I use both iPhoto and Aperture for my photos. The point and shoot camera files go into iPhoto and my Raw images from SLR and G10 go into Aperture.

    I have my iPhoto images stored on an external Hard Drive and have had no problems other than getting it set up the first time. Also with Faces and places adds to the magic of this program and makes searching through the photos easier.

  • http://www.ockels.nl Wubbo Ockels

    After trying iPhoto and Aperture, I’m back to using just the Finder, Preview and Photoshop for managing my image collections.

    iPhoto is easy and fun but it doesn’t play nice with other photo management tools. Making your photos and your edits invisible in the Finder is really weird and makes iPhoto not an option for semi-professional work.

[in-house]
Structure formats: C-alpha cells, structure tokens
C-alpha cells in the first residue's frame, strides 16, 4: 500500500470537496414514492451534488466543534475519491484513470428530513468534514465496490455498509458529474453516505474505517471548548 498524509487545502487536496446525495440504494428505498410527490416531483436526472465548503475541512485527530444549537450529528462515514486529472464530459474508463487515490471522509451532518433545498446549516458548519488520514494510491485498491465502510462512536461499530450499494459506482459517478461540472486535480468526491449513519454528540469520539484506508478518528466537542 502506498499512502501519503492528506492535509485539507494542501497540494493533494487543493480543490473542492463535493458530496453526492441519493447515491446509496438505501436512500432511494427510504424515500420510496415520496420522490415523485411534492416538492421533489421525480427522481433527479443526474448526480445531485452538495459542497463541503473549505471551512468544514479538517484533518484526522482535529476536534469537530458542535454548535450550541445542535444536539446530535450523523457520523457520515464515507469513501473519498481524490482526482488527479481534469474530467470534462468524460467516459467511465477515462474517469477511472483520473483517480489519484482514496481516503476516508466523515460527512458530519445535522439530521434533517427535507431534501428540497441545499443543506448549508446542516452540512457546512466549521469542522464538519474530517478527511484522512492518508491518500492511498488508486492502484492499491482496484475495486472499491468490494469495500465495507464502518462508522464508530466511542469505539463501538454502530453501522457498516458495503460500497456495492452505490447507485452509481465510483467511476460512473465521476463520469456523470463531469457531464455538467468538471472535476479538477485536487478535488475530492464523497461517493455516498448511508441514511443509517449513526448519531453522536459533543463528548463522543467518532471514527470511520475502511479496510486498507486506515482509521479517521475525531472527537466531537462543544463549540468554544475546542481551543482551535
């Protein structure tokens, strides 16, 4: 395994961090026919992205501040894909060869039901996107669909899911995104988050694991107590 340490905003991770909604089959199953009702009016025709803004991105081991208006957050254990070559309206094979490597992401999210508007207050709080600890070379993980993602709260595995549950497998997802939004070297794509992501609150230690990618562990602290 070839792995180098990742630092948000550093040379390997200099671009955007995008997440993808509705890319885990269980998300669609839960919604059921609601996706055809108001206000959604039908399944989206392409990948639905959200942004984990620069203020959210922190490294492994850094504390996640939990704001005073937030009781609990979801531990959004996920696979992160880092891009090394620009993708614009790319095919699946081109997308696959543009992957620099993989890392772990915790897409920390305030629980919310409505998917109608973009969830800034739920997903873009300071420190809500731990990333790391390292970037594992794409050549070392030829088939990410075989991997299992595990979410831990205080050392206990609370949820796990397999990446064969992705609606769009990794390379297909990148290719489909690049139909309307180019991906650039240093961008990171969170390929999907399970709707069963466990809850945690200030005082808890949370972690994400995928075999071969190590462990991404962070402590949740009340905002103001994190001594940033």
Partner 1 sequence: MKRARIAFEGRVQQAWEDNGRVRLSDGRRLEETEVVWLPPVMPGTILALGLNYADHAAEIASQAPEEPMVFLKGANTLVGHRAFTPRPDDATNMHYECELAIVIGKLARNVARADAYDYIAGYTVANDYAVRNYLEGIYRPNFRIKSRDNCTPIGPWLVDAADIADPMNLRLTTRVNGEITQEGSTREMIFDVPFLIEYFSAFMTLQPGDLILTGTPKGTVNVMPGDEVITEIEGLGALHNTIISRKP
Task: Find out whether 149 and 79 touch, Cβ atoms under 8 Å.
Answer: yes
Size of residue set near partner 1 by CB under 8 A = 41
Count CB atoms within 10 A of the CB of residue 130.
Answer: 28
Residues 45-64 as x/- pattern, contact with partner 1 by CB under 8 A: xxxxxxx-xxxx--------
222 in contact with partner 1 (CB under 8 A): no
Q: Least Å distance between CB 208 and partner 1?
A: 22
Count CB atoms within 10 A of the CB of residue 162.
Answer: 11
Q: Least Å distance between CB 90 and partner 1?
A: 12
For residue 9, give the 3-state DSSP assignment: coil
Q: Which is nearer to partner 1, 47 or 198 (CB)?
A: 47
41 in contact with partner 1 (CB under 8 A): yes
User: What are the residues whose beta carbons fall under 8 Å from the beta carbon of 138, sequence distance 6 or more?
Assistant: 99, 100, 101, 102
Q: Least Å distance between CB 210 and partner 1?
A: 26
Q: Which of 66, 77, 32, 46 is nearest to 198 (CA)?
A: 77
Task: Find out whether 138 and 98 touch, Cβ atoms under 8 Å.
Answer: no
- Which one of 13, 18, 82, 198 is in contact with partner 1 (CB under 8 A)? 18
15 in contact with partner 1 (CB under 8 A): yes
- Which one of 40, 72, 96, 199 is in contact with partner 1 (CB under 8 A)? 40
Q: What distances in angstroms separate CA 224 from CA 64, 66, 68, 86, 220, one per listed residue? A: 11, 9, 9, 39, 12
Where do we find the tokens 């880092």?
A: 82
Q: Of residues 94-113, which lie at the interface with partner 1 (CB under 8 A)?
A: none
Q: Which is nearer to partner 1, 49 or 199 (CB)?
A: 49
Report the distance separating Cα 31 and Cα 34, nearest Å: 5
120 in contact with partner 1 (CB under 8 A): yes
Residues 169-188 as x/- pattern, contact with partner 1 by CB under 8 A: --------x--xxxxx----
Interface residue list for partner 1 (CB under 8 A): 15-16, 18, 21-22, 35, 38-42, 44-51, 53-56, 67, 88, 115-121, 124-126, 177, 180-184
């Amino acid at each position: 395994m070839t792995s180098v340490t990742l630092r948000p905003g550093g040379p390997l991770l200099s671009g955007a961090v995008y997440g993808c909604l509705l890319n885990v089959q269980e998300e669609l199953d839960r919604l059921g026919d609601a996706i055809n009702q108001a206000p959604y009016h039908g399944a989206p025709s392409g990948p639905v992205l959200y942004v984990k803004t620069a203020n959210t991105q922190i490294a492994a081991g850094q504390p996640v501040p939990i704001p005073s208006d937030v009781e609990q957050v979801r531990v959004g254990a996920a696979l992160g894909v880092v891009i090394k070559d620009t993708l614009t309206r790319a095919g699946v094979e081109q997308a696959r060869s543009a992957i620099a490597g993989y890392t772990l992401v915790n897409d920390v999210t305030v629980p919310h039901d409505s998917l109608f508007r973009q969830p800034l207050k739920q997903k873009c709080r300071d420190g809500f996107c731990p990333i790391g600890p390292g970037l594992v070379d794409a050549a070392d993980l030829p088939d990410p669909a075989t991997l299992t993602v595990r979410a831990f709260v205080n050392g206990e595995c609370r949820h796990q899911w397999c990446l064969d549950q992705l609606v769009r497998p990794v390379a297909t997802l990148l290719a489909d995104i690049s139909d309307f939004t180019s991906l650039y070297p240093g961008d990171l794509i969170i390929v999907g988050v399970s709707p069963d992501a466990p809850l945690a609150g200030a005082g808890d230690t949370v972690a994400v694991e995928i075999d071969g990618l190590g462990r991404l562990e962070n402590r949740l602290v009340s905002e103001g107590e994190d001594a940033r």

Aperture I found to be reaallly slow, and it has an awkward user interface. Both Aperture and iPhoto make me feel like I have no idea what’s happening while I just want to view and correct a bloody photo! Way too much overhead.

    Shoebox does seem to add simplicity back into the mix but why all the licensing restrictions? Guess I’ll stick to finder for the time being.

  • http://www.deluxive.com Christopher Anderton

    I use Adobe Bridge. Works perfect.

    • http://www.appleumbrella.com Apple Umbrella

      i agree as per my personal experience.

  • tonijn

    Its interface is ugly and bloated. The joy of working with iPhoto is made possible by the interface more than by the features.

  • vz

    i hate the idea of iphoto and any other photo management tool to create library file and keep increasing in size. what gives? picasa works well without that.